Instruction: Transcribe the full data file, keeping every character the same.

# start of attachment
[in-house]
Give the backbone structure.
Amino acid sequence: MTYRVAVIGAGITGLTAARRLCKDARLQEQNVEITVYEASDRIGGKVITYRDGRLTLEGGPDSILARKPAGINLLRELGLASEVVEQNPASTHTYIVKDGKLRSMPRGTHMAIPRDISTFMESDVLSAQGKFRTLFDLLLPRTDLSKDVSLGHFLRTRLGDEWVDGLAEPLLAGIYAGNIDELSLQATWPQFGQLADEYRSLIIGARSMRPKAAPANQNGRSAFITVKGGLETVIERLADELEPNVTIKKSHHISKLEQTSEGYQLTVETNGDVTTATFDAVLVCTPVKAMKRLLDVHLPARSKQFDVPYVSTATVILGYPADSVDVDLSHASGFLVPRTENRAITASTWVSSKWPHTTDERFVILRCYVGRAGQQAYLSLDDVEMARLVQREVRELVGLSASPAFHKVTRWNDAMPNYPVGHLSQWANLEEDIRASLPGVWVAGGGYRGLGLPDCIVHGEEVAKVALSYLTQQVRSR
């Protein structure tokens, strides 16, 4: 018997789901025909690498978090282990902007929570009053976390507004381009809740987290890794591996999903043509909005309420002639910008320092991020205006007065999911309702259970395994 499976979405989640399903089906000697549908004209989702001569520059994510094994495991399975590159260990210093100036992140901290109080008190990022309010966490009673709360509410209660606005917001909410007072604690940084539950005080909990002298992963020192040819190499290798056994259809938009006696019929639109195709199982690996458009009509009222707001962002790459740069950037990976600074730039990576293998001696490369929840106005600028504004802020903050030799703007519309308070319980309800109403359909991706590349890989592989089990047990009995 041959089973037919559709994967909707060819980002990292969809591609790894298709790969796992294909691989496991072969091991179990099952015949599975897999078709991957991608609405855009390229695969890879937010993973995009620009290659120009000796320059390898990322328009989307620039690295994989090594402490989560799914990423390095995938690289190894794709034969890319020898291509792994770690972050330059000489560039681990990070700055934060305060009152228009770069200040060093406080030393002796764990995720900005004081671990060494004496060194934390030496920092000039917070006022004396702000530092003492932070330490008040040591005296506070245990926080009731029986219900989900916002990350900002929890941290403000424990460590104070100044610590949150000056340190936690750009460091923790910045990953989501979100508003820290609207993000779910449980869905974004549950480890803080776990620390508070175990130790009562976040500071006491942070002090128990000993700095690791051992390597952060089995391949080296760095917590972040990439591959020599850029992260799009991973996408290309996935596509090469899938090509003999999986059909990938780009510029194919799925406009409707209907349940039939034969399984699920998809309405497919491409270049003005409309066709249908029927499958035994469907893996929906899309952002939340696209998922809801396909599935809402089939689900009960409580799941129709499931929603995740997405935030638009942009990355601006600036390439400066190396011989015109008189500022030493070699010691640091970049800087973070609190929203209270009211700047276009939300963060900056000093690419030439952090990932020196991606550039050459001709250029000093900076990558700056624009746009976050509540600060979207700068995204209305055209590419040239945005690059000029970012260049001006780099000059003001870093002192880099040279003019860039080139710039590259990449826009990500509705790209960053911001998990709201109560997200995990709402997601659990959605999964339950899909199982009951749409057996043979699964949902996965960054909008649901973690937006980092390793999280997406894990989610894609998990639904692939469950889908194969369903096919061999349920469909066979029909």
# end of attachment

[in-house]
Give the backbone structure.
Amino acid sequence: MTYRVAVIGAGITGLTAARRLCKDARLQEQNVEITVYEASDRIGGKVITYRDGRLTLEGGPDSILARKPAGINLLRELGLASEVVEQNPASTHTYIVKDGKLRSMPRGTHMAIPRDISTFMESDVLSAQGKFRTLFDLLLPRTDLSKDVSLGHFLRTRLGDEWVDGLAEPLLAGIYAGNIDELSLQATWPQFGQLADEYRSLIIGARSMRPKAAPANQNGRSAFITVKGGLETVIERLADELEPNVTIKKSHHISKLEQTSEGYQLTVETNGDVTTATFDAVLVCTPVKAMKRLLDVHLPARSKQFDVPYVSTATVILGYPADSVDVDLSHASGFLVPRTENRAITASTWVSSKWPHTTDERFVILRCYVGRAGQQAYLSLDDVEMARLVQREVRELVGLSASPAFHKVTRWNDAMPNYPVGHLSQWANLEEDIRASLPGVWVAGGGYRGLGLPDCIVHGEEVAKVALSYLTQQVRSR
């Protein structure tokens, strides 16, 4: 018997789901025909690498978090282990902007929570009053976390507004381009809740987290890794591996999903043509909005309420002639910008320092991020205006007065999911309702259970395994 499976979405989640399903089906000697549908004209989702001569520059994510094994495991399975590159260990210093100036992140901290109080008190990022309010966490009673709360509410209660606005917001909410007072604690940084539950005080909990002298992963020192040819190499290798056994259809938009006696019929639109195709199982690996458009009509009222707001962002790459740069950037990976600074730039990576293998001696490369929840106005600028504004802020903050030799703007519309308070319980309800109403359909991706590349890989592989089990047990009995 041959089973037919559709994967909707060819980002990292969809591609790894298709790969796992294909691989496991072969091991179990099952015949599975897999078709991957991608609405855009390229695969890879937010993973995009620009290659120009000796320059390898990322328009989307620039690295994989090594402490989560799914990423390095995938690289190894794709034969890319020898291509792994770690972050330059000489560039681990990070700055934060305060009152228009770069200040060093406080030393002796764990995720900005004081671990060494004496060194934390030496920092000039917070006022004396702000530092003492932070330490008040040591005296506070245990926080009731029986219900989900916002990350900002929890941290403000424990460590104070100044610590949150000056340190936690750009460091923790910045990953989501979100508003820290609207993000779910449980869905974004549950480890803080776990620390508070175990130790009562976040500071006491942070002090128990000993700095690791051992390597952060089995391949080296760095917590972040990439591959020599850029992260799009991973996408290309996935596509090469899938090509003999999986059909990938780009510029194919799925406009409707209907349940039939034969399984699920998809309405497919491409270049003005409309066709249908029927499958035994469907893996929906899309952002939340696209998922809801396909599935809402089939689900009960409580799941129709499931929603995740997405935030638009942009990355601006600036390439400066190396011989015109008189500022030493070699010691640091970049800087973070609190929203209270009211700047276009939300963060900056000093690419030439952090990932020196991606550039050459001709250029000093900076990558700056624009746009976050509540600060979207700068995204209305055209590419040239945005690059000029970012260049001006780099000059003001870093002192880099040279003019860039080139710039590259990449826009990500509705790209960053911001998990709201109560997200995990709402997601659990959605999964339950899909199982009951749409057996043979699964949902996965960054909008649901973690937006980092390793999280997406894990989610894609998990639904692939469950889908194969369903096919061999349920469909066979029909």